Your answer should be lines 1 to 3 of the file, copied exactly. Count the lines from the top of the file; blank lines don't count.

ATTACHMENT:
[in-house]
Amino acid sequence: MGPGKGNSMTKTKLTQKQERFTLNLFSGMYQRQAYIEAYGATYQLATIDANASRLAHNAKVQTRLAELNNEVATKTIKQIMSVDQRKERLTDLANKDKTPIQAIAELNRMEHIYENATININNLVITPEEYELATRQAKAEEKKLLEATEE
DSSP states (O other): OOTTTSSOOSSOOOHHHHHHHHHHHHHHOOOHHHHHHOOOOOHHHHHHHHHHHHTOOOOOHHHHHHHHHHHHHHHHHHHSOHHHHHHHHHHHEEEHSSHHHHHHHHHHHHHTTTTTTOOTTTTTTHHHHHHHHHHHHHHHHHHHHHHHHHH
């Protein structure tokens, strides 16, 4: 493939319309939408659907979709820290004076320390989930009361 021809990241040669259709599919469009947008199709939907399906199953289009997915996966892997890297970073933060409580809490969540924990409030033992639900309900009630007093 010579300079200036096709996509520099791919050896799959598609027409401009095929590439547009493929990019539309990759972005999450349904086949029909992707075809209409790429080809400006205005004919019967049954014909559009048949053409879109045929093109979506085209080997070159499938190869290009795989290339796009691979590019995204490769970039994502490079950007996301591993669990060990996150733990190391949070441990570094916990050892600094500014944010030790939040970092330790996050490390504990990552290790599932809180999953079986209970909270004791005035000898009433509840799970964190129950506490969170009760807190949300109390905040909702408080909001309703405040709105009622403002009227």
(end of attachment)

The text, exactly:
[in-house]
Amino acid sequence: MGPGKGNSMTKTKLTQKQERFTLNLFSGMYQRQAYIEAYGATYQLATIDANASRLAHNAKVQTRLAELNNEVATKTIKQIMSVDQRKERLTDLANKDKTPIQAIAELNRMEHIYENATININNLVITPEEYELATRQAKAEEKKLLEATEE
DSSP states (O other): OOTTTSSOOSSOOOHHHHHHHHHHHHHHOOOHHHHHHOOOOOHHHHHHHHHHHHTOOOOOHHHHHHHHHHHHHHHHHHHSOHHHHHHHHHHHEEEHSSHHHHHHHHHHHHHTTTTTTOOTTTTTTHHHHHHHHHHHHHHHHHHHHHHHHHH